4 And it came to pass that in the commencement of the ninety and second year, behold, the prophecies of the prophets began to be fulfilled more fully; for there began to be greater signs and greater miracles wrought among the people.
5 But there were some who began to say that the time was past for the words to be fulfilled, which were spoken by Samuel, the Lamanite.
6 And they began to rejoice over their brethren, saying: Behold the time is past, and the words of Samuel are not fulfilled; therefore, your joy and your faith concerning this thing hath been vain.
7 And it came to pass that they did make a great uproar throughout the land; and the people who believed began to be very sorrowful, lest by any means those things which had been spoken might not come to pass.
8 But behold, they did watch steadfastly for that day and that night and that day which should be as one day as if there were no night, that they might know that their faith had not been vain.
9 Now it came to pass that there was a day set apart by the unbelievers, that all those who believed in those traditions should be put to death except the sign should come to pass, which had been given by Samuel the prophet.
(3 Nephi 1: 4-9)
The scriptures are full of experiences where the believers were willing to sacrifice everything, including their lives if need be, in order to worship as they saw fit.
The passage of scripture above is just one instance of this, but it happens to be one of my favorites. From what I glean from the scriptures, Samuel the Lamanite, made a one-time visit to preach repentance to the Nephites. As he called the people to repentance, he discussed the sign that would be given of the Savior’s impending birth:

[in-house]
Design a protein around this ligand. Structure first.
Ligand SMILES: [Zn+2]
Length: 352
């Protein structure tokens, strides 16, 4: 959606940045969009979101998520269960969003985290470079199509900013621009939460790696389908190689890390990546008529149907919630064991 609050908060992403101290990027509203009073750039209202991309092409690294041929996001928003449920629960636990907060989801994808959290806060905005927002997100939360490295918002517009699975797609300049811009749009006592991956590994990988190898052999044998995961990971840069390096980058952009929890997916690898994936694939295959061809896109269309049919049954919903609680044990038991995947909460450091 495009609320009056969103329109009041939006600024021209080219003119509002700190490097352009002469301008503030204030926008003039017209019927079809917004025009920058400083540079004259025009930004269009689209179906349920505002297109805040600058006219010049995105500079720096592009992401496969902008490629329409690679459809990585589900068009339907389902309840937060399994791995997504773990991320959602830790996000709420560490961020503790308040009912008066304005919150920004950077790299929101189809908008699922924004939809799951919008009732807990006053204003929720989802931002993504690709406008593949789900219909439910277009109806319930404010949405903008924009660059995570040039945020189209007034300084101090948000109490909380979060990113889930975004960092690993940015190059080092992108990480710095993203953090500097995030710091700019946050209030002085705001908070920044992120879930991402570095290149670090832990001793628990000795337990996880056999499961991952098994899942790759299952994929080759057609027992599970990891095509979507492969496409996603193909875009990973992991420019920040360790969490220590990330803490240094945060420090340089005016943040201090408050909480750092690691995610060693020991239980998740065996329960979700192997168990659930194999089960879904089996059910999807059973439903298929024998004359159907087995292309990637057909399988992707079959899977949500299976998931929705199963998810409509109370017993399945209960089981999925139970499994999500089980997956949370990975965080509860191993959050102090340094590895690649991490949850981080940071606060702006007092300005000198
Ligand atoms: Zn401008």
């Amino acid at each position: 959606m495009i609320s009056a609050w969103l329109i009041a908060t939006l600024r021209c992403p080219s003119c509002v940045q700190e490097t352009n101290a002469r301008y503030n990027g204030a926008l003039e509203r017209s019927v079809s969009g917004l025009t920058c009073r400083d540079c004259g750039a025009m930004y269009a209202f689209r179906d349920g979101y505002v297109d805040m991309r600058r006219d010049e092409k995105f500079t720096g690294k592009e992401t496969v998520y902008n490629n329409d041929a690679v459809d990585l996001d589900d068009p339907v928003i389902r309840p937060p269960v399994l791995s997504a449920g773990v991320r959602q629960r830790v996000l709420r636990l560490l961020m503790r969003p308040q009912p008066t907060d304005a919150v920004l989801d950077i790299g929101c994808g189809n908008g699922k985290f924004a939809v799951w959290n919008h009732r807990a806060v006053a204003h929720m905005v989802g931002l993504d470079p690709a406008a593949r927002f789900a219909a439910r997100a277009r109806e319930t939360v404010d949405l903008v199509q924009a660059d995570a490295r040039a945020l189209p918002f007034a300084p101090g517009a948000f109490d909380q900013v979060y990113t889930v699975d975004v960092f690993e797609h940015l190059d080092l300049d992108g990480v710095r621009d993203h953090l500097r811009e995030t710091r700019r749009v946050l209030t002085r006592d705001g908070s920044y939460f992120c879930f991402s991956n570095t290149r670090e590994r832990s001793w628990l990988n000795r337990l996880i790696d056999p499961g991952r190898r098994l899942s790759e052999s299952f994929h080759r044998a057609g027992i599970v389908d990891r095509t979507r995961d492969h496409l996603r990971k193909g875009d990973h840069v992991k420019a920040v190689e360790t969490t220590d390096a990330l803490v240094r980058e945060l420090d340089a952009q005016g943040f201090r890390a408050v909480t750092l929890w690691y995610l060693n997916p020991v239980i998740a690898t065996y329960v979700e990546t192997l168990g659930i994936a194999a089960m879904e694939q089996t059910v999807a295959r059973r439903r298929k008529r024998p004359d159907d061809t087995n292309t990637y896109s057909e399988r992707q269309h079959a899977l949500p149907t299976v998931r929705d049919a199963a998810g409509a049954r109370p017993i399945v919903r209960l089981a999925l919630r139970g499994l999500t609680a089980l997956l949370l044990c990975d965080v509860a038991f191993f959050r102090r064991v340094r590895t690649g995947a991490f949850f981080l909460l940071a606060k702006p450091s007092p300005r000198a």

1 And now it came to pass that Samuel, the Lamanite, did prophesy a great many more things which cannot be written.
2 And behold, he said unto them: Behold, I give unto you a sign; for five years more cometh, and behold, then cometh the Son of God to redeem all those who shall believe on his name.
3 And behold, this will I give unto you for a sign at the time of his coming; for behold, there shall be great lights in heaven, insomuch that in the night before he cometh there shall be no darkness, insomuch that it shall appear unto man as if it was day.
4 Therefore, there shall be one day and a night and a day, as if it were one day and there were no night; and this shall be unto you for a sign; for ye shall know of the rising of the sun and also of its setting; therefore they shall know of a surety that there shall be two days and a night; nevertheless the night shall not be darkened; and it shall be the night before he is born.
5 And behold, there shall a new star arise, such an one as ye never have beheld; and this also shall be a sign unto you.
Five years later, the non-believers began to rejoice because they believed the time had come and gone, and there wasn’t any sign. They put a date on their calendar to kill the believers if the sign didn’t arrive. We know that the Mayans had a calendar that far outlasted their civilization. In fact, it’s still good for about another two years. I’ve frequently suspected that the day they were going to kill the believers was exactly five years to the date from when Samuel gave his prophecy.
What extraordinary faith the believers must’ve had. How easy it would’ve been for them to say, “You know, we really didn’t know this Samuel guy so well. Perhaps we can say we’re still believers but save our lives by denying his prophecy.”
Clearly, their faith wasn’t built on Samuel though. It was built on the Savior. They had been taught that salvation came through Him and no one else. It was that firm belief/knowledge that helped them face this ultimate test of their faith.
I’m looking forward to this weekend’s conference and the chance it will give me to listen to the words of prophets, general authorities, and other inspired church leaders. I too hope to have the faith necessary to see me through life’s challenges.